How to Dress for a Successful Intervew

Freelance writers sometimes wonder what to wear when they go out to interview a source, either in a business office or some other setting. We may wear comfy old jeans, or even our PJs, while at the computer, but when we need to do an in-person interview for an article, we want to make sure we are suitably dressed and groomed.

We know that others judge us, and treat us, according to our attire. How we look does count. And first impressions are especially important.

In their book, Before the Story, George M. Killenberg and Rob Anderson offer some excellent tips on the subject of interviewing, including how to dress for the interview. Their book was written to provide interviewing and communication skills for journalists, but their advice can also help freelancers. (When the book was written, Killenberg was a professor of mass communication and Anderson a professor of speech communication at Southern Illinois University).

They suggest that each of us should ask this question:”Do I want to risk offending or alienating an interviewee by drawing attention to my clothing or appearance?”

“There are reporters … who pride themselves on being nonconformists, including in how they dress. Perhaps they are rebelling against the dress-for-success mentality. Then there are those who affect a ‘look,’ whether it be college chic, blue collar or L. L. Bean. Finally, some are just plain tacky; mis-and-unmatch polyester is their style.”

So they advise as a general rule:

“…choose clothing that is appropriate in a professional business setting–a jacket and tie for men and a suit or dress for women. Most people expect such attire. Try to remain inconspicuous or even ‘neutral’ in the color and style of your clothes. Avoid anything in dress or grooming that would be considered unfavorably because you’re perceived as pretentious, flashy, sloppy or rebellious.”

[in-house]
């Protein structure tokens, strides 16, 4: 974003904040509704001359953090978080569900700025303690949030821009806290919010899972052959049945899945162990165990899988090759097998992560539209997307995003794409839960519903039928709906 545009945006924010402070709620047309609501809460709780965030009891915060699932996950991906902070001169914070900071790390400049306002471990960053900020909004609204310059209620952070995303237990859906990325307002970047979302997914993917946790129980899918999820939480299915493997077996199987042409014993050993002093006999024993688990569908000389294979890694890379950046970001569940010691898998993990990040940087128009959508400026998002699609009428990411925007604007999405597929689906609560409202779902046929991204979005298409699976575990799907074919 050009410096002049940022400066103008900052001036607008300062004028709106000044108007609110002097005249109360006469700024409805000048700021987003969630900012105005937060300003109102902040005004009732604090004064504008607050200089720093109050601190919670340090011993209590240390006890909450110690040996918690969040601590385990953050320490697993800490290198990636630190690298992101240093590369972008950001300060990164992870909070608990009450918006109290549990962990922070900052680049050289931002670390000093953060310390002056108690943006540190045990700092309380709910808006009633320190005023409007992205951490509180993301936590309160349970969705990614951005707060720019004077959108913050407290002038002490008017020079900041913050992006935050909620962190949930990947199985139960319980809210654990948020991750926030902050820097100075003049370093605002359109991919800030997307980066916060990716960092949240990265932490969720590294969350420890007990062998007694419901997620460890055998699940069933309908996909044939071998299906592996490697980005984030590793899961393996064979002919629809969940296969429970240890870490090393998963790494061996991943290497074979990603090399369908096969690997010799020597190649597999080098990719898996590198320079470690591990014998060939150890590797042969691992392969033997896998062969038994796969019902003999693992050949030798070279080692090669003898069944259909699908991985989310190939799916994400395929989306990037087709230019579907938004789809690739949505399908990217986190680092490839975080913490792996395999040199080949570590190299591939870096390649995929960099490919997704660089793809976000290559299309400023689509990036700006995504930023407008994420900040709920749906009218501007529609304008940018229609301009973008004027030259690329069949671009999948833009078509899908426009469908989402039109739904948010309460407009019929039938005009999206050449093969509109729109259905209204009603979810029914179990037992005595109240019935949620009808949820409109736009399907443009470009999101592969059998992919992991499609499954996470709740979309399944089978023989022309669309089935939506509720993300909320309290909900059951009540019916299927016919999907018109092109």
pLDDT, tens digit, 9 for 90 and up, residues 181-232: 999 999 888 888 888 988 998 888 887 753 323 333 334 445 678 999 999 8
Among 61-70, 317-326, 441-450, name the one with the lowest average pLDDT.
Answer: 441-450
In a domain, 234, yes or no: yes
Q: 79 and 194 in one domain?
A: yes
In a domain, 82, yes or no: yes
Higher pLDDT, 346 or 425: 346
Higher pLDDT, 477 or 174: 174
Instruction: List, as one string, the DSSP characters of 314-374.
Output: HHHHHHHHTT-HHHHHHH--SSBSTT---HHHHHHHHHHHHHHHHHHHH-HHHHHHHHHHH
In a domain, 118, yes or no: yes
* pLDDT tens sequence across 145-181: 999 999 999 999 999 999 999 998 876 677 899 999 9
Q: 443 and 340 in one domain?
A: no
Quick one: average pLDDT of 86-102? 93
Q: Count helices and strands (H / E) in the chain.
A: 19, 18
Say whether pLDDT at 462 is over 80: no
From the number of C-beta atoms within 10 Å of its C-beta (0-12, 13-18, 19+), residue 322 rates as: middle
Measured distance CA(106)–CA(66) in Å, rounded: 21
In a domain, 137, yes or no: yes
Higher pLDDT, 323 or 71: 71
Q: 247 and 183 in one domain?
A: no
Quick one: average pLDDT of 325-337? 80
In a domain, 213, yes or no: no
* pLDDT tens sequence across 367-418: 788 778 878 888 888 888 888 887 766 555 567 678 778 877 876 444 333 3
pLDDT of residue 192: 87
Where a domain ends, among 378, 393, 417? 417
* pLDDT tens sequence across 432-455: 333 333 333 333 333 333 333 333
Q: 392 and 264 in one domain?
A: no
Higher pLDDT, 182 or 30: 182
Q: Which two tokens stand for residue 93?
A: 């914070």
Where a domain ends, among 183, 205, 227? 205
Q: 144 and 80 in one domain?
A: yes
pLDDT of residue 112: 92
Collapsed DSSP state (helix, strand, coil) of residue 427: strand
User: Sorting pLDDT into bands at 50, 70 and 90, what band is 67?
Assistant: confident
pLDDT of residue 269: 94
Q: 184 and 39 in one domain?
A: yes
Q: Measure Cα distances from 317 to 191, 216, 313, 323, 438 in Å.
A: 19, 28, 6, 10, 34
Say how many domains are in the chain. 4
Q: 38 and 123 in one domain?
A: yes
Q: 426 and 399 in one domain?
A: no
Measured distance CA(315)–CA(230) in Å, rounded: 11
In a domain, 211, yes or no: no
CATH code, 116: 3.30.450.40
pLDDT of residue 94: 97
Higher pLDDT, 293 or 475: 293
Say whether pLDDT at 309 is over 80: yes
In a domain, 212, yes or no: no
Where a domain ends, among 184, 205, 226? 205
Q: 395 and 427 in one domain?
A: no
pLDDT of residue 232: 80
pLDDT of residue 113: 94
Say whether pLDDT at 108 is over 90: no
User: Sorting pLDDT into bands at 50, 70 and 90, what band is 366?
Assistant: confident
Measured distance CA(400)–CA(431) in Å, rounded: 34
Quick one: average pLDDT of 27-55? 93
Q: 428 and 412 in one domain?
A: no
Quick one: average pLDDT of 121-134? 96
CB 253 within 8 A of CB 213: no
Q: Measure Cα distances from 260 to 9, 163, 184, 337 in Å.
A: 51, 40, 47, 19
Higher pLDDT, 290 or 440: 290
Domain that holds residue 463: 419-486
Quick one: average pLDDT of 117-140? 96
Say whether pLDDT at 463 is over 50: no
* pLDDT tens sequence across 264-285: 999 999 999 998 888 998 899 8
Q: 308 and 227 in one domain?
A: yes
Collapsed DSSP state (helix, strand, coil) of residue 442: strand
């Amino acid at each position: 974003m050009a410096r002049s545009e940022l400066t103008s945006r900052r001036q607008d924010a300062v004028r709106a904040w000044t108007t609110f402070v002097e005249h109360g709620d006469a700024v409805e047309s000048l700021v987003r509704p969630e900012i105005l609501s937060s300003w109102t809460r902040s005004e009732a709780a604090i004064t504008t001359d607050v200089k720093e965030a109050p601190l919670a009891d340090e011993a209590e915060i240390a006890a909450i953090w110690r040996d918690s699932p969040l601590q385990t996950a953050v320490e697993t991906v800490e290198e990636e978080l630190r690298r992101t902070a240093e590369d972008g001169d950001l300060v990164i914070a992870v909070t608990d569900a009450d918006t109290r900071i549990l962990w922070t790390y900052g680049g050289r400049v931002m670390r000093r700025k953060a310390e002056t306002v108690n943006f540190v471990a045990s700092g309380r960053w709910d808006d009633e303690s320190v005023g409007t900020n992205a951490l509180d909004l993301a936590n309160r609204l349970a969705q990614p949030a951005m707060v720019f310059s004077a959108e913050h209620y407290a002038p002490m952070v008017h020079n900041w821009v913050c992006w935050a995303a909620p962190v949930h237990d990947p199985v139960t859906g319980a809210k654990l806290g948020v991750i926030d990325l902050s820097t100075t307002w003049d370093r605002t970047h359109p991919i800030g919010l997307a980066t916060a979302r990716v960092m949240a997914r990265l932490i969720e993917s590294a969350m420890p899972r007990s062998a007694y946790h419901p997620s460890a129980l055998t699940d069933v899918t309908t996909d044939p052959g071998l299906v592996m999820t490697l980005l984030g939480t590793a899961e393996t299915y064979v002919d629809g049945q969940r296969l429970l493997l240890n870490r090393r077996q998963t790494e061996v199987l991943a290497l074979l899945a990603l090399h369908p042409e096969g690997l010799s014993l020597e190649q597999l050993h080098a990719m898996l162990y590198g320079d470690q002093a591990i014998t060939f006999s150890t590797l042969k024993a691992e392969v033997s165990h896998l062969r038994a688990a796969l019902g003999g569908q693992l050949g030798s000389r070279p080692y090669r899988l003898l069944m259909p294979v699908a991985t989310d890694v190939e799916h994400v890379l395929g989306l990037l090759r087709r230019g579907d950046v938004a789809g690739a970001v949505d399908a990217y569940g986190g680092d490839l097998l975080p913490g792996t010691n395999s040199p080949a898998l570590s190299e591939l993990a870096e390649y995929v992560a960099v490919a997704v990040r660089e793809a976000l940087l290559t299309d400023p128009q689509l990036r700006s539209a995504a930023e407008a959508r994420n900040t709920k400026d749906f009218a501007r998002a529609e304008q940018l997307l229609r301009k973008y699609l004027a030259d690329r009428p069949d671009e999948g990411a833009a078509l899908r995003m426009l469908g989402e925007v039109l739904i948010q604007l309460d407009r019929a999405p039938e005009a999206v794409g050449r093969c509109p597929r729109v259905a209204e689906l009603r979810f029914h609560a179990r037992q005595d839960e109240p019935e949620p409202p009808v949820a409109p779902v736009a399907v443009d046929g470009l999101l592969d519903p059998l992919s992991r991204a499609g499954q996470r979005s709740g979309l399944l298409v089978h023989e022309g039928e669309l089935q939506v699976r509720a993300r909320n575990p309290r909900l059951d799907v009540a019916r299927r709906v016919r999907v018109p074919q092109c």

The authors quote a reporter for a metropolitan newspaper who said he dresses to be comfortable. “I’m a suit-and-tie kind of guy. I don’t feel I need to put on bib overalls to interview a farmer. If they see I’m comfortable in the way I dress, they’ll be comfortable, too.”

But Killenberg and Anderson warn that comfort can’t be the only guide: “…otherwise many people would go to work in pajamas or robes. If you wear a Brooks Brothers suit to interview street people, don’t be surprised if rapport is difficult to establish.”

Their book is chock full of helpful information about interviewing, including chapters on “Human Nature and the Nature of Questions” and “Assessing People and Information: On Not Getting Fooled, Most of the Time.”  It’s not a recently published book.  I bought my copy more than 10 years ago and the help it gives it still timeless. It’s still available at and EBay and maybe at other places. The publisher is St. Martin’s Press, Inc.

© 2009 by Laverne Daley

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